The FIRs in sexual offence cases involving minors are not mere printed papers but their trauma writ large, and such a stressful and life-turning experience faced by a victim should not be dealt with mechanically by courts, the Delhi High Court has said.
It said courts must remain sensitive to the emotional and psychological state of such victims as they may struggle to provide precise details of the incident due to trauma.
The court’s observations came while setting aside a trial court order rejecting a minor victim’s plea for preservation of CCTV footage and call data record of the accused on the ground of discrepancy in her statements with respect to the date of the alleged incident.
Justice Swarana Kanta Sharma said that the victim, who was allegedly gang- raped by her brother-in-law and his two friends, was experiencing mental trauma due to which she was unable to recollect the correct date of the alleged incident to police, and the trial court should have “exercised sensitivity and empathy” in such a case.
The alleged victim was under the care of the Institute of Human Behaviour and Allied Sciences (IHBAS) and, after improvement in her mental health, she clarified the confusion over the dates she was assaulted and filed an application for issuance of necessary directions to the investigating officer to collect the CCTV footage and CDR of the correct date, noted the court.
“Regrettably, in the present case, the learned Trial Court had declined the request to preserve a critical piece of evidence i.e. the CCTV footage of the actual date of alleged incident, as well as the Call Detail Records of the accused persons, on the sole ground that the victim had mentioned a different date of incident in her initial complaint,” said the court in a recent order.
“The FIRs in cases involving sexual assault and rape, committed upon minors, are not mere printed papers, but a trauma writ large, experienced by a living human being, which is difficult to be portrayed on a piece of paper… In cases of sexual assault of minor victims, such as the present one, the extreme stressful situation and lifeturning experience faced by a victim should not be dealt with in mechanical manner by the courts,” the high court said.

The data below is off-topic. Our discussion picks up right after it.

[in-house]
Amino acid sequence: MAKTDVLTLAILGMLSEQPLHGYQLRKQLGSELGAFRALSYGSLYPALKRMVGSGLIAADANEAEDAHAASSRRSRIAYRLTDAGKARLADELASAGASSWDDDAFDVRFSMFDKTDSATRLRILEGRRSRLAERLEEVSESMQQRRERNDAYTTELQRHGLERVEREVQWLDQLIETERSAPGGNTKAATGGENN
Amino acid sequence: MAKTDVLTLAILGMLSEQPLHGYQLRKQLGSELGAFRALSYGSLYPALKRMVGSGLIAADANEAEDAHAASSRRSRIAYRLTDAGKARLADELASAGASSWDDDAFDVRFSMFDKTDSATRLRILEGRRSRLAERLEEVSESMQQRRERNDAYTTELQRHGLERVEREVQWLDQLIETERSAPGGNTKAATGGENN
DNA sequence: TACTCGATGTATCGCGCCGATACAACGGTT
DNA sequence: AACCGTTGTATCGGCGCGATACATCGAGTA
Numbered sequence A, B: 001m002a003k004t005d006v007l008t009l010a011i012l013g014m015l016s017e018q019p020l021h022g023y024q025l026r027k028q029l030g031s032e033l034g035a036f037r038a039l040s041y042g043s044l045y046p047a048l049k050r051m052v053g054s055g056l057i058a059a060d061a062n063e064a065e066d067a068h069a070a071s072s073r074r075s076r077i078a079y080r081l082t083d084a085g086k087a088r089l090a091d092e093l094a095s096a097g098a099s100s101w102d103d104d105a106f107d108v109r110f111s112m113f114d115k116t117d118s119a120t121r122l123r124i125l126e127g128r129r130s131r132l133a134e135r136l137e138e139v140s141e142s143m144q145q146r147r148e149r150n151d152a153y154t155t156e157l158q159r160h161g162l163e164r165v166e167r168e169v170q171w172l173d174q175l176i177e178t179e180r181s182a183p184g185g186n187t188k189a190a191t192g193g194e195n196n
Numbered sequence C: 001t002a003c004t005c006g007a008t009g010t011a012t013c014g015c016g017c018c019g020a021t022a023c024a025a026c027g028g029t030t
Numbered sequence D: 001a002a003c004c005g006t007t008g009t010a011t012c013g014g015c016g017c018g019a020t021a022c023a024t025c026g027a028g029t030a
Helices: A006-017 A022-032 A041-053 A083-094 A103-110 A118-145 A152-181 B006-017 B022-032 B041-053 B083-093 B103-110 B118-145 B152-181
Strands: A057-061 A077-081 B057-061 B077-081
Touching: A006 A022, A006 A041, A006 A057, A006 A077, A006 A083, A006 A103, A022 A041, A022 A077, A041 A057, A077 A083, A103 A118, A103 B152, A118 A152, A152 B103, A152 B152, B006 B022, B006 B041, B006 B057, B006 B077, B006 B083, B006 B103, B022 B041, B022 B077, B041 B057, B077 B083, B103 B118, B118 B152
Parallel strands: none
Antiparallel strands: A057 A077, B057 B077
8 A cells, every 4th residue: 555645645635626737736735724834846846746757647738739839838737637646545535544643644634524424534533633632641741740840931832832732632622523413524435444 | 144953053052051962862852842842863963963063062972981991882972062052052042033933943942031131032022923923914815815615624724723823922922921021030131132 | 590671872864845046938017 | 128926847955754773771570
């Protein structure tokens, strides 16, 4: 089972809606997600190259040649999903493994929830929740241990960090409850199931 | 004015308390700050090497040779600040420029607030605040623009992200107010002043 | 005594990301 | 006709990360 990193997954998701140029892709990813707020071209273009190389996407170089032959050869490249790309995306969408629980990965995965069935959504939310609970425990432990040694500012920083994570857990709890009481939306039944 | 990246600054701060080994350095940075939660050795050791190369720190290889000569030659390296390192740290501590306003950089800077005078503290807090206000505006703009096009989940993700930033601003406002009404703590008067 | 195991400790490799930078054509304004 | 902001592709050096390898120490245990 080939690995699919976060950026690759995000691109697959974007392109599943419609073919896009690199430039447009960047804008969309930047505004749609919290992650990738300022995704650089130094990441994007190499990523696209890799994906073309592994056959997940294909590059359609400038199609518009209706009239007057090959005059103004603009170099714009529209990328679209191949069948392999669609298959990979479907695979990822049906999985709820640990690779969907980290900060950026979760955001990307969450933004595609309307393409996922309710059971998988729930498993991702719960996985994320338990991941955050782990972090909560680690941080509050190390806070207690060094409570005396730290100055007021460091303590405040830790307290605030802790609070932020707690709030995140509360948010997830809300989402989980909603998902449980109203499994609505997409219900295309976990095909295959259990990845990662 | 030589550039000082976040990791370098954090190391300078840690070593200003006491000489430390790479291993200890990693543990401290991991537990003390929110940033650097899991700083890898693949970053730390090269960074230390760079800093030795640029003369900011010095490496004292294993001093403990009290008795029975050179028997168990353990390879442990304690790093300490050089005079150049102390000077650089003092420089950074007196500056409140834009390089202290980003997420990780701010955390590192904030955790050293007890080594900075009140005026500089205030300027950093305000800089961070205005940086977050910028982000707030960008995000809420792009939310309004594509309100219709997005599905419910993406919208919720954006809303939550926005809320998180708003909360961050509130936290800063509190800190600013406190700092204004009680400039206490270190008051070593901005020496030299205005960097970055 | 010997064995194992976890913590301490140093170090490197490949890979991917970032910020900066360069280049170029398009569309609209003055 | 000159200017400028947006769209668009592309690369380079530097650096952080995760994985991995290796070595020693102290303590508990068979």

The court observed that the victim, who was about 16 years of age at the relevant time, was allegedly raped by her brother-in-law and two others after they stealthily entered into her house. They even recorded a video of the alleged incident and threatened her that they will make it public, leading to her seeking treatment at IHBAS.
The court ordered preservation of the relevant CCTV footage and the CDR as the absence of such crucial evidence could result in her losing hope about getting justice.
Once the evidence is destroyed by lapse of time or due to lapse on part of the investigating agency or due to any hyper technical approach, it gets lost forever, cautioned the court.
Justice Sharma emphasised that courts are the “supportive pillars of hope for justice”, and by understanding the mental distress and trauma of a victim of sexual assault, they can foster an environment where such victims feel heard.
“The courts must understand the same themselves as they, too, are bound to their oath of duty…In essence, the Court’s purpose is not only to interpret the law, but also to serve as a bastion of sensitivity and empathy while adjudicating cases of sexual assault,” the court stated.
“While adjudicating cases of sexual assault, the courts must remain mindful of, and sensitive to, the emotional and psychological state of the victim that such a victim may, at times, struggle to provide precise details of the incident while struggling with the trauma of sexual assault suffered by her, especially in cases such as the present one, where the victim was allegedly sexually assaulted by her own brother-in-law and his two friends,” it added.